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Vaccine inequality refers to the idea that richer countries are hoarding vaccines for themselves and aren’t sharing these vaccines with poorer countries. It’s something that the WHO has been talking about since the start of the pandemic, warning that vaccine nationalism would only make the pandemic last longer.
What’s omicron, again?
- Another day, another dollar, another variant. Omicron, which was first detected in South Africa, is the latest variant labeled by the World Health Organization (WHO) as a “variant of concern.”
- Viruses are constantly changing through mutations, and sometimes these mutations change the virus in its composition and structure.
- This results in new variants being created, and it can be a huge problem considering the virus, through mutations, can adapt to overcome the vaccines that have already been developed.
- The thing is, though, right now, there still isn’t enough information to know whether the omicron variant is deadlier or if it has mutated beyond current vaccine protections.
Where did omicron come from?
- This most recent variant was discovered by South African scientists in late November. Since then, it has already spread to just under 40 countries worldwide, including the United States, the United Kingdom, Brazil and Australia.
- While the variant was first reported in South Africa, this does not inherently mean that the variant originated from South Africa.
- In fact, authorities in the Netherlands said that the variant was already in their country when South Africa alerted the WHO about it just over a week ago.
- However, in the situation that the variant did develop in South Africa, some experts, including Dr. Tedros Adhanom Ghebreyesus, the head of the WHO, have said that vaccine inequality has played a part in these variants developing.
How has vaccine inequality led to these variants?
- Vaccine inequality refers to the idea that richer countries are hoarding vaccines for themselves and aren’t sharing these vaccines with poorer countries. It’s something that the WHO has been talking about since the start of the pandemic, warning that vaccine nationalism would only make the pandemic last longer.
- After omicron was found, South African President Cyril Ramaphosa accused rich Western nations of hoarding vaccines saying that this new variant should serve as a “wake-up call to the world that vaccine inequality cannot be allowed to continue.”
- “Instead of prohibiting travel, the rich countries of the world need to support the efforts of developing economies to access and to manufacture enough vaccine doses for their people without delay,” Ramaphosa said.
- While the rest of the developed world has been racing toward a higher vaccination rate, with the US at 60% and China at over 90%, only 36% of South African adults are fully-vaccinated against COVID-19.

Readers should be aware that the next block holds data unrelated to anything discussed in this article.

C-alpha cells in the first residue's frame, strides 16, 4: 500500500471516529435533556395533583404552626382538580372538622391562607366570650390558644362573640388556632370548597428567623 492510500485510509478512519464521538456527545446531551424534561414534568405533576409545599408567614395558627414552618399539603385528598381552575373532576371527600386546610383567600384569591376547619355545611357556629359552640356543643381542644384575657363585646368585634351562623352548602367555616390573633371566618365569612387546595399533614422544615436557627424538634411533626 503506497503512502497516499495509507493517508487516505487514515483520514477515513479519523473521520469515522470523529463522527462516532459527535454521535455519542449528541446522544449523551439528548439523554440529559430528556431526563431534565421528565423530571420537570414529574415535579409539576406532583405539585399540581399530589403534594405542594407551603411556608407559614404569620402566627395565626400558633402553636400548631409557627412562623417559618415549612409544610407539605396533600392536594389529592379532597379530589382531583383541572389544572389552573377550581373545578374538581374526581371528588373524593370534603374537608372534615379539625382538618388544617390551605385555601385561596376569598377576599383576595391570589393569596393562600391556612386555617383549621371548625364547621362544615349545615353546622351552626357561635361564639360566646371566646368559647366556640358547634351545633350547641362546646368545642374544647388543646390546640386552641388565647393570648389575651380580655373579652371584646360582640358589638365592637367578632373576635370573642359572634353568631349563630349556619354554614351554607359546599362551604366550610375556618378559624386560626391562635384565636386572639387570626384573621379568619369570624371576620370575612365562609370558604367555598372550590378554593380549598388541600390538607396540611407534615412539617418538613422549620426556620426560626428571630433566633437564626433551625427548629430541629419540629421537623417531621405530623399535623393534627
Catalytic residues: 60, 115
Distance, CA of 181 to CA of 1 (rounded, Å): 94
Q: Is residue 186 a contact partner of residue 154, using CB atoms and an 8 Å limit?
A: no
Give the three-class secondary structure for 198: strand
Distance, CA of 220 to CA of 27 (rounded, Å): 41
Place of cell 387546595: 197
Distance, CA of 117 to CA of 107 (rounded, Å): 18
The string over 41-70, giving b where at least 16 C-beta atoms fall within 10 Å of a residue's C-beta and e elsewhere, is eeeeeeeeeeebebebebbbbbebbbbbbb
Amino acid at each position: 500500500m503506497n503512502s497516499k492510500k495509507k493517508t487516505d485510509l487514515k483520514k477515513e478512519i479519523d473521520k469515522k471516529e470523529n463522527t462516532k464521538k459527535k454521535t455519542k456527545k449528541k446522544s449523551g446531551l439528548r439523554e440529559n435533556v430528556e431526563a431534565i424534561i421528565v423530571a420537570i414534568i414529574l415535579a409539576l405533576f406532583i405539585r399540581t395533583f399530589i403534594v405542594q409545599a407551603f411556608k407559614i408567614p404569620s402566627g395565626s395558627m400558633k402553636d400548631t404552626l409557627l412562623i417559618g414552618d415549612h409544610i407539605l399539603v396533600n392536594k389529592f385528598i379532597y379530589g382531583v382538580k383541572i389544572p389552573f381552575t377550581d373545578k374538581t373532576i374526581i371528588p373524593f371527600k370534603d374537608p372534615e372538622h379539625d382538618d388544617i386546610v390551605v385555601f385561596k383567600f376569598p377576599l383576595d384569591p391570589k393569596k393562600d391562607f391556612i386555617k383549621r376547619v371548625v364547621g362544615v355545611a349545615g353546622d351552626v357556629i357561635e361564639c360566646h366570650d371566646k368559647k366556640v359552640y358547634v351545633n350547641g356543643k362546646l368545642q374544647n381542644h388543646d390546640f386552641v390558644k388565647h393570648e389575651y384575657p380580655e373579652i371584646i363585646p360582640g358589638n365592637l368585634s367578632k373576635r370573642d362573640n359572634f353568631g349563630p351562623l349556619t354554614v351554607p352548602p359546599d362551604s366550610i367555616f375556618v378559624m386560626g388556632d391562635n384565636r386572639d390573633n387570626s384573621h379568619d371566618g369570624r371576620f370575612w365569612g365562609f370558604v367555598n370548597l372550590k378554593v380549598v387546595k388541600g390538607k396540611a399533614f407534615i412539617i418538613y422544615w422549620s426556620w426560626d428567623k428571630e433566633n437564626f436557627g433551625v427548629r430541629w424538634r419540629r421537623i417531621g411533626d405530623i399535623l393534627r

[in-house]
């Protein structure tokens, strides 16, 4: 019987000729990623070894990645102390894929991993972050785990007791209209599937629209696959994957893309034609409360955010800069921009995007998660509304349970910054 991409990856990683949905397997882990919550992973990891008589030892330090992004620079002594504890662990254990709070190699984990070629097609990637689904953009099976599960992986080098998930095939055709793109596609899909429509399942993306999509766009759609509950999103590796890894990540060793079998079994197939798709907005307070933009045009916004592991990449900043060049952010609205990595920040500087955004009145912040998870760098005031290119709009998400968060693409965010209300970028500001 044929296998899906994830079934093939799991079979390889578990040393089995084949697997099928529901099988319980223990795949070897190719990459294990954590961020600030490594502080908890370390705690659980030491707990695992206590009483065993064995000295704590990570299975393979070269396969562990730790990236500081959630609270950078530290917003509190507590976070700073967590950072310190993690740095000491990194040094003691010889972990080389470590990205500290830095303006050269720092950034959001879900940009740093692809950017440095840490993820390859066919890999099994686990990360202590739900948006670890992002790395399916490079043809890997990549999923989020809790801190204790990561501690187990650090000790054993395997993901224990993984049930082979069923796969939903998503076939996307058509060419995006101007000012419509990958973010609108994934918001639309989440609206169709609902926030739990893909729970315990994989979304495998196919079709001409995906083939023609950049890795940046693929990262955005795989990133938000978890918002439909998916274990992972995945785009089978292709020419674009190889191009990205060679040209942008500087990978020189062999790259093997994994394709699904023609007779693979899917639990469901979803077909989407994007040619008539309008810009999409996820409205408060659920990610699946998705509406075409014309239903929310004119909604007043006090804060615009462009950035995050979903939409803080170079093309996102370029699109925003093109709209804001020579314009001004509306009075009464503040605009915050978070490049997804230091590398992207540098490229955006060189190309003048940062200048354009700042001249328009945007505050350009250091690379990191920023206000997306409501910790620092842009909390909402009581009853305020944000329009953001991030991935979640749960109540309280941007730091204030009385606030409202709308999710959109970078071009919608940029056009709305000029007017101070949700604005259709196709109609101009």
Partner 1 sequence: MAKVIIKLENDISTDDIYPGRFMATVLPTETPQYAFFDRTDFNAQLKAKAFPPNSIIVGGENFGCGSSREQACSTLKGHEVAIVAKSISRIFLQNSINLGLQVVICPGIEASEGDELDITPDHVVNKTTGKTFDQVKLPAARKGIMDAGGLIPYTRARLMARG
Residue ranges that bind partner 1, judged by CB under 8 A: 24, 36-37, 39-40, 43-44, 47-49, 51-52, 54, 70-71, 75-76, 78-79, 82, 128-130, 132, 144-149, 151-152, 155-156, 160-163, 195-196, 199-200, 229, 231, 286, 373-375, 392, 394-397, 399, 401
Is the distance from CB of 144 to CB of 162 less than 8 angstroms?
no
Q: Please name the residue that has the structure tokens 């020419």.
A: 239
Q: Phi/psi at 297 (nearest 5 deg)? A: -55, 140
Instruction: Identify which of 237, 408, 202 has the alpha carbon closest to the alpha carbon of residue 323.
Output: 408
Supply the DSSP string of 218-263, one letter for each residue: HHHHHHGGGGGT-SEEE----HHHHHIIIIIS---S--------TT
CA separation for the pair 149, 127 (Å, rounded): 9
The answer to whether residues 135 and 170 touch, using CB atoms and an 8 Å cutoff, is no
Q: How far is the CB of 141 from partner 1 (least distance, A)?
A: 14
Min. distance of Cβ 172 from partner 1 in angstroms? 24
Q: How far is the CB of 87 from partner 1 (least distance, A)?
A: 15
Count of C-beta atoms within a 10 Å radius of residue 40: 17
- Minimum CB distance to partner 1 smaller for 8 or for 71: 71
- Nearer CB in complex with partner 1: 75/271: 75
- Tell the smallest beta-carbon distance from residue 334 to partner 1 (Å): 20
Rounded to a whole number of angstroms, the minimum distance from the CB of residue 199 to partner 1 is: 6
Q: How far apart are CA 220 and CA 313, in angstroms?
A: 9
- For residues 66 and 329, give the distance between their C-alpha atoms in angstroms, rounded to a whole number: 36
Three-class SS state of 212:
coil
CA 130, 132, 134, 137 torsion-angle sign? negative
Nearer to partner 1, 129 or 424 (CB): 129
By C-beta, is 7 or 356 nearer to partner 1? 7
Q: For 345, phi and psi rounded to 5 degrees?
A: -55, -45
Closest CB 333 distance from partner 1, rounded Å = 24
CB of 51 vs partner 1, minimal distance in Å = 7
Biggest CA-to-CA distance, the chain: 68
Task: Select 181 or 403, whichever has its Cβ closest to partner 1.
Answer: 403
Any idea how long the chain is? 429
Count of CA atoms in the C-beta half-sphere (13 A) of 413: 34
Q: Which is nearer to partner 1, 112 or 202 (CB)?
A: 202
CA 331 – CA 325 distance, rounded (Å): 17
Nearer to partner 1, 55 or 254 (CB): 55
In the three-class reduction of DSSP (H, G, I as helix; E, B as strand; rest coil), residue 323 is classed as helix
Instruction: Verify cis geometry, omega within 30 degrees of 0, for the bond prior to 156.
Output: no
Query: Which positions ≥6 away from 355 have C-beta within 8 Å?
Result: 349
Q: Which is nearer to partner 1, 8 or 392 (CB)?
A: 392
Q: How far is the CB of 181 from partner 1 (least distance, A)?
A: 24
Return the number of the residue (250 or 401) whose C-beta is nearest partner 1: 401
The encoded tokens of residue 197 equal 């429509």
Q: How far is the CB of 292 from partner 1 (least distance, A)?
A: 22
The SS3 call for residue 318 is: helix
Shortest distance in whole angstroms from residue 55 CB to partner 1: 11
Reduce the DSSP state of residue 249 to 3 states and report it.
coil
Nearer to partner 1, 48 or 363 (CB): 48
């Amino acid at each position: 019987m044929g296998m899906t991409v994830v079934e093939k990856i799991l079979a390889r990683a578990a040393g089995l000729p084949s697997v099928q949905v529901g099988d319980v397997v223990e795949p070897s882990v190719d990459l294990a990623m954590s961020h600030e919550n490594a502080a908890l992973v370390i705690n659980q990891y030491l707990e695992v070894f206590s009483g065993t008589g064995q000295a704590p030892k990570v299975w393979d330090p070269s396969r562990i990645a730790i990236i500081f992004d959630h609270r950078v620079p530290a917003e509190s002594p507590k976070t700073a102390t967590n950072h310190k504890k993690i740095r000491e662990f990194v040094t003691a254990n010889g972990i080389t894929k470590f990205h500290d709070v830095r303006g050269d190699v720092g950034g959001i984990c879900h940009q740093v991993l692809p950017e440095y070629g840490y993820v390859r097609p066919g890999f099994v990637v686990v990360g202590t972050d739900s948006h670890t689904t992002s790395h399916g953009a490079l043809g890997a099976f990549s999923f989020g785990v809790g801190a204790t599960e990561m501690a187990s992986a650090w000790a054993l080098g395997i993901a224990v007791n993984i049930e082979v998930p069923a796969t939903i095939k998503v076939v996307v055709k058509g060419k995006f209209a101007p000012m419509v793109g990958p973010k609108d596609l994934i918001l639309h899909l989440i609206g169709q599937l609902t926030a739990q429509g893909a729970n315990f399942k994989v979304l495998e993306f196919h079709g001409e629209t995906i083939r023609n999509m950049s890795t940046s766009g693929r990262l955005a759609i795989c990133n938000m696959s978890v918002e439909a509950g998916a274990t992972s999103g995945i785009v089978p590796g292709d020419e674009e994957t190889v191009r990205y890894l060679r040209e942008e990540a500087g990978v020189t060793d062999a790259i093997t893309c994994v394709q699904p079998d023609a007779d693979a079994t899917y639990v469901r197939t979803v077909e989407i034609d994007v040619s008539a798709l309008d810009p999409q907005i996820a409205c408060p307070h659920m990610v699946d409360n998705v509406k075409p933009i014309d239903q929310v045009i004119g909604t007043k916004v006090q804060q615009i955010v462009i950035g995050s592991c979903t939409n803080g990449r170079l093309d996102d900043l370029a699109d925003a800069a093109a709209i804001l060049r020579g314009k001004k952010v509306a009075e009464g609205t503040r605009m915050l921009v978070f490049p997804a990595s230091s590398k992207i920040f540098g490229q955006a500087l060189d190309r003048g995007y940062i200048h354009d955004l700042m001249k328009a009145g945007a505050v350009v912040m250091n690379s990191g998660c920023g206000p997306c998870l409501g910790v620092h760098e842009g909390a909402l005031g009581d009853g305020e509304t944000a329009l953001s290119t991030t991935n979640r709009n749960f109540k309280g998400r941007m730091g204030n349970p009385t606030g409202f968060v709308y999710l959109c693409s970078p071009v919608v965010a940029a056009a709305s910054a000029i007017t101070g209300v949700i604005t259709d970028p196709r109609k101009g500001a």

- But, experts are now divided on the reason behind this low-vaccination rate.
- According to experts, there are two primary reasons for the low vaccination rates in South Africa.
- Rajiv J. Shah, president of the Rockefeller Foundation, pointed out that some of the biggest problems include getting companies to make vaccines more available in these developing countries.
- “I frankly wish the companies that are involved here [ … ] would do more to make their products available either through partnership with local manufacturers, or through true tiered pricing arrangements that could allow developing countries to access those products on the right terms much faster,” Shah told CNBC. “It’s in everybody’s national interest to serve other countries right now.”
- But, in late November, before the first cases of omicron were detected and reported, South Africa health officials asked Johnson & Johnson and Pfizer Inc. to delay delivery of COVID-19 vaccines because it had too much stock. “We have 158 days’ stock in the country at current use," a spokesman for the Health Ministry said. “We have deferred some deliveries."
- Dr. Saad Omer, a Yale University public health researcher, also said that vaccine hesitancy remains a large problem in South Africa, but it’s largely because there hasn’t been any initiative to help educate the masses on the benefits of the vaccine.
- “Almost no investment in vaccine education or promotion has gone into low-income countries,” Dr. Omer said. “Why do we expect that all we will have to do is drop vaccines at an airport, do the photo op, and people will come running to the airport and grab the vaccine?”
- Currently, there are more questions than answers when it comes to the omicron variant. And, until more is known about the origins of the variant, it will be hard to say whether vaccine inequality played a part in its development.
- Regardless, this hasn’t stopped numerous countries from placing heavy travel restrictions on African countries and lockdowns for unvaccinated citizens, which has sparked intense criticism.
- For example, Malawian President Lazarus Chakwera wrote in a Facebook post last week that “Covid measures must be based on science, not Afrophobia."
- Following the travel ban and restrictions, WHO’s Guterres also issued a statement saying, “I appeal to all governments to consider repeated testing for travelers, together with other appropriate and truly effective measures, with the objective of avoiding the risk of transmission so as to allow for travel and economic engagement."
- Guterres also added, “The people of Africa cannot be blamed for the immorally low level of vaccinations available in Africa – and they should not be penalized for identifying and sharing crucial science and health information with the world," he said.